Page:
7. The method of claim 1, further comprising filtering the second voltage on the DUT capacitor to generate the first voltage.
8. The method of claim 1, wherein the first voltage and the second voltage are substantially equivalent.
Description
REFERENCE TO RELATED APPLICATIONS

This application is a divisional of Ser. No. 11/337,272 filed Jan. 20, 2006.

TECHNICAL FIELD

This disclosure relates generally to electronic circuits, and in particular but not exclusively, relates to capacitance measurement circuits.

BACKGROUND INFORMATION

Capacitance sensors are used to implement a variety of useful functions including touch sensors (e.g., touch pad, touch dial, touch wheel, etc.), determining the presence of an object, accelerometers, and other functions. FIG. 1 illustrates a conventional capacitance sensor 100 including three switches 105 with control terminals φ0, φ1, and φ2, an integrating capacitor 110 having a capacitance CINT, and an analog to digital (“ADC”) converter 115. Capacitance sensor 100 may be used to sense changes in capacitance on a device under test (“DUT”) capacitor 120 having a changing capacitance CDUT.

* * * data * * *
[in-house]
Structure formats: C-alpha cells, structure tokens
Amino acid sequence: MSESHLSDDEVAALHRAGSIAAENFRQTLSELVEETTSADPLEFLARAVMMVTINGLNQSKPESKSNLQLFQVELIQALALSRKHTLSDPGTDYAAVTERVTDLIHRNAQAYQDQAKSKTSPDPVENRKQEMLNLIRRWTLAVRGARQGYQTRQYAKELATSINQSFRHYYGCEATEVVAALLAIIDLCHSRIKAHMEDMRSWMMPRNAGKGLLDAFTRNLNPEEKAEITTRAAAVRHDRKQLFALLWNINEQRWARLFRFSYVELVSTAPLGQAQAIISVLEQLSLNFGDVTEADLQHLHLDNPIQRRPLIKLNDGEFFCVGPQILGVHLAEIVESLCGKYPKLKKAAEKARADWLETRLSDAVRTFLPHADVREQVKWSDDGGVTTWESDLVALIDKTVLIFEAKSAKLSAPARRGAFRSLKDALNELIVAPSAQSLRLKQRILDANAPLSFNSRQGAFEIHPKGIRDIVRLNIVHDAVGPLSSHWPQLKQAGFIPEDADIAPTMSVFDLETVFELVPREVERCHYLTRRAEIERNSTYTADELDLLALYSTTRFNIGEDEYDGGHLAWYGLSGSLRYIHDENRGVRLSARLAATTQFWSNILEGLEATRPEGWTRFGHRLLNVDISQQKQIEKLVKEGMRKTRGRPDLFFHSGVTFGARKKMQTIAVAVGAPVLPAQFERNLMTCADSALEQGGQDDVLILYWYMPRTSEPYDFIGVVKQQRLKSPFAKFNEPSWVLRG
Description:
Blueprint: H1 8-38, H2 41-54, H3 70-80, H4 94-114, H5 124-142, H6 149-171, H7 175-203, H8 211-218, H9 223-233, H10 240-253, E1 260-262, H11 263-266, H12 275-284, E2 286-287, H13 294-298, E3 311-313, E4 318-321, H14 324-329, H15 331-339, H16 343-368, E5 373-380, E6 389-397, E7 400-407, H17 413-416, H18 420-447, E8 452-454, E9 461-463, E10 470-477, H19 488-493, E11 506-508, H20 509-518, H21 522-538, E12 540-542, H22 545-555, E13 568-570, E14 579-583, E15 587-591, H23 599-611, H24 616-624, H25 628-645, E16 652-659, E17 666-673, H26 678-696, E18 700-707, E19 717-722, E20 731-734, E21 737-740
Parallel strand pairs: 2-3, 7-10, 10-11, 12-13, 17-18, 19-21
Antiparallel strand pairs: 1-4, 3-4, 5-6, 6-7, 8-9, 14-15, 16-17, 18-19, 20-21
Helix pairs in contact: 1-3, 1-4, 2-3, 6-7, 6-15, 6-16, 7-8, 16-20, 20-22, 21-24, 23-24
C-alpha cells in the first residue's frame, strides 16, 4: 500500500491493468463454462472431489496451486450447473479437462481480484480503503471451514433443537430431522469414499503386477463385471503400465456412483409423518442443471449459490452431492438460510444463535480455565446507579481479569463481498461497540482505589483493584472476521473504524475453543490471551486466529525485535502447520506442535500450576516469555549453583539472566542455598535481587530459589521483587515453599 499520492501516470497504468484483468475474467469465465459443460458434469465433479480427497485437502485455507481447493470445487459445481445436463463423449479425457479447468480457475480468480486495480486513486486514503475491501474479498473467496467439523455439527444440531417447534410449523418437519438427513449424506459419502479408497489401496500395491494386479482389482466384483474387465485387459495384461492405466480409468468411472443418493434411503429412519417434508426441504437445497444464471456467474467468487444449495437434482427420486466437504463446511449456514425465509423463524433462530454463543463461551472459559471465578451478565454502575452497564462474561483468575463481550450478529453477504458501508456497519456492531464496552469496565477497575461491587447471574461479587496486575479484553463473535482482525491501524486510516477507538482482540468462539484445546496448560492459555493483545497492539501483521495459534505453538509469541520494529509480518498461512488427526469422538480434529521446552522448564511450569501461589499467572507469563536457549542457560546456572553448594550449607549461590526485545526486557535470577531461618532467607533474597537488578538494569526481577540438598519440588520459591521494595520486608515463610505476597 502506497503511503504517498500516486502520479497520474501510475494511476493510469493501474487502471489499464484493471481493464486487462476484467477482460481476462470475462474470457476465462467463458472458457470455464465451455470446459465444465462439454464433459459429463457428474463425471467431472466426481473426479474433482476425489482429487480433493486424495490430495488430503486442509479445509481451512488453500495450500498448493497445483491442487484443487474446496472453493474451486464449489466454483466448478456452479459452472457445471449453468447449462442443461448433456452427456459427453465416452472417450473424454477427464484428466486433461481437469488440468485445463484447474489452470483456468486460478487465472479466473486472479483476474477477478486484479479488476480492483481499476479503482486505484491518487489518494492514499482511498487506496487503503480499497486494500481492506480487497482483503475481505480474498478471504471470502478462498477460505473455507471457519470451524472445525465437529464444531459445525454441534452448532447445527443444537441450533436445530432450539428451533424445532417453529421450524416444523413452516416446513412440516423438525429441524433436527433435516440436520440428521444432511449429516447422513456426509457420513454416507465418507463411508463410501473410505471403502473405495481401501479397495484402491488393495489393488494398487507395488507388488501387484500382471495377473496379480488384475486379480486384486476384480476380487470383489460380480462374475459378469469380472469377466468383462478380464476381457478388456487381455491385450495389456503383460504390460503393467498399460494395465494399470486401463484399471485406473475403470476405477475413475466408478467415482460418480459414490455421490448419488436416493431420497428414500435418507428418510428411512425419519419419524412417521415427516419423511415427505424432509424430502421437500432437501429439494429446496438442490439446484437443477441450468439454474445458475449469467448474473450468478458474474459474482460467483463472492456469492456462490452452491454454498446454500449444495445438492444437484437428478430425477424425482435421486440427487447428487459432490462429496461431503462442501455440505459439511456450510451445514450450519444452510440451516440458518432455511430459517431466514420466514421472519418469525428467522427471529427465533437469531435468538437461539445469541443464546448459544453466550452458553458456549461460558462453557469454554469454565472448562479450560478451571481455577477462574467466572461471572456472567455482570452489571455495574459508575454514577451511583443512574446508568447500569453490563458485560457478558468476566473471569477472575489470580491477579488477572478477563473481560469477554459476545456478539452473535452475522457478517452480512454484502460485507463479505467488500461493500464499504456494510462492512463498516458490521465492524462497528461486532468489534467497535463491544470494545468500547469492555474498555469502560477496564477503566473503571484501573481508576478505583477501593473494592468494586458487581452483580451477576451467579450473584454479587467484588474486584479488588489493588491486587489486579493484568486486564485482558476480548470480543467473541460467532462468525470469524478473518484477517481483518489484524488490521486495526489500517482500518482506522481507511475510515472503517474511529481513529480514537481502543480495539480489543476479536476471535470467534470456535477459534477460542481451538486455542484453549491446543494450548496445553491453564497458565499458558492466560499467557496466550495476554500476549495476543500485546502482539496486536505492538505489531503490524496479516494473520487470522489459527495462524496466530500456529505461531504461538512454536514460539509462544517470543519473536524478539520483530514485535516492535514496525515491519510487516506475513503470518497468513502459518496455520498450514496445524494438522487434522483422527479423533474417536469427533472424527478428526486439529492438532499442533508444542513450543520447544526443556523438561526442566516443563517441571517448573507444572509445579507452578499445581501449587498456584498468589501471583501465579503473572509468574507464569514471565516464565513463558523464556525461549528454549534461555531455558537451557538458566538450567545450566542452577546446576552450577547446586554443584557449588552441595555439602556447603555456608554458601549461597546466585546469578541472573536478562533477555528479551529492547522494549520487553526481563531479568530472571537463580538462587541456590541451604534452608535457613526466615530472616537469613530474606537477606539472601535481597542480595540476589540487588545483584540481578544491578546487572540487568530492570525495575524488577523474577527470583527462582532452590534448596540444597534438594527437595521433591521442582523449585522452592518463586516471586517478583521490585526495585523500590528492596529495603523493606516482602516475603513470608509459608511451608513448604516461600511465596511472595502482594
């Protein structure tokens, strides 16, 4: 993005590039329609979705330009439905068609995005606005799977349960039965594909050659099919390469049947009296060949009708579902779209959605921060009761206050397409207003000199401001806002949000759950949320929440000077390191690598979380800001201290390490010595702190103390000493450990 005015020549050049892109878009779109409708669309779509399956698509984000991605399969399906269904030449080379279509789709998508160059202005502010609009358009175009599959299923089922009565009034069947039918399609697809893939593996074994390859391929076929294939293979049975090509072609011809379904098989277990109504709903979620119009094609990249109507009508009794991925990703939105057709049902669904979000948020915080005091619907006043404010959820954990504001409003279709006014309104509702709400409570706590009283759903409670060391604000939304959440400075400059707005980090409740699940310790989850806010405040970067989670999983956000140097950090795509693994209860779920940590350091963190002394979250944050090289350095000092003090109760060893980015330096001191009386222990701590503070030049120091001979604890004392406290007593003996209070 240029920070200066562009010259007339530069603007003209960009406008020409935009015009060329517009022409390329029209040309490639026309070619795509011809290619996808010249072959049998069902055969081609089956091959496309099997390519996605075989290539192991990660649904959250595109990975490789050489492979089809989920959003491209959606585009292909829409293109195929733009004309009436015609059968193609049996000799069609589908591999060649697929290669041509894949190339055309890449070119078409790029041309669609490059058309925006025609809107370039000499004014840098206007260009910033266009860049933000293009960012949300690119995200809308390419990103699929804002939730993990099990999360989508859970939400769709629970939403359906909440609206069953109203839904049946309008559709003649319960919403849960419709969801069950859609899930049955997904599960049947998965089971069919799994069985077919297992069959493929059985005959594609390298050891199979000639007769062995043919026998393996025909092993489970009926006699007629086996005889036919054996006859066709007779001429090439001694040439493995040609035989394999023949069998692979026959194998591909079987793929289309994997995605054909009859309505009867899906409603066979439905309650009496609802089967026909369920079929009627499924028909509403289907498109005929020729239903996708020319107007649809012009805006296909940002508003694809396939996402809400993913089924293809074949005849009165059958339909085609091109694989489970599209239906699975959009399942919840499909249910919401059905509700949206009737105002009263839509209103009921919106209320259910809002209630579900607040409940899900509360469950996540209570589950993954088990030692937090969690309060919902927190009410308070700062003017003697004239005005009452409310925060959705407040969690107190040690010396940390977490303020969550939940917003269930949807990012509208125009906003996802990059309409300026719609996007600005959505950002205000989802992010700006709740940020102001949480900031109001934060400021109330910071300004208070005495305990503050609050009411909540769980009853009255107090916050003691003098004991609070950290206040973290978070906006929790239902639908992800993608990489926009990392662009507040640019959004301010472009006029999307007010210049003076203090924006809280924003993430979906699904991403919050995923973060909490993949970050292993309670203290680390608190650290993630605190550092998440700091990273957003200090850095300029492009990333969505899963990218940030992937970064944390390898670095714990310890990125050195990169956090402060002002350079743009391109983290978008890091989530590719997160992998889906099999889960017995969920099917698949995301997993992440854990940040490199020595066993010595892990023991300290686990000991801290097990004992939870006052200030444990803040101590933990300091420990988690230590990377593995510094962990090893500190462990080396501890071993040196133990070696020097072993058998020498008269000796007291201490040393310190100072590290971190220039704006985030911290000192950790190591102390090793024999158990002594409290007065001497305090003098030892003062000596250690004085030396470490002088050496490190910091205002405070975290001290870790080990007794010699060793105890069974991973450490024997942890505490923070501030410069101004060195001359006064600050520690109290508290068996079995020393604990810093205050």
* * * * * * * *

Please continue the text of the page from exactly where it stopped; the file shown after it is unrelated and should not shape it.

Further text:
During operation, capacitance sensor 100 operates as follows to sense capacitance changes on DUT capacitor 120. First, integrating capacitor 110 is discharged to a ground potential by asserting control terminal φ0 to open circuit switch SW0 and by asserting control terminal φ1 to close circuit switch SW1. Once discharged to ground, integrating capacitor 110 is disconnected from ground by asserting φ1 to open switch SW1. Then, DUT capacitor 120 is charged to the supply voltage VS by asserting φ0 to open circuit switch SW0 and asserting φ2 to close circuit switch SW2. Once DUT capacitor 120 charges to the supply voltage VS, the charge on DUT capacitor 120 is transferred onto integrating capacitor 110 and distributed between the two capacitors. Charge transfer occurs by asserting φ1 and φ2 to open circuit switches SW1 and SW2, respectively, and asserting φ0 to close circuit switch SW0.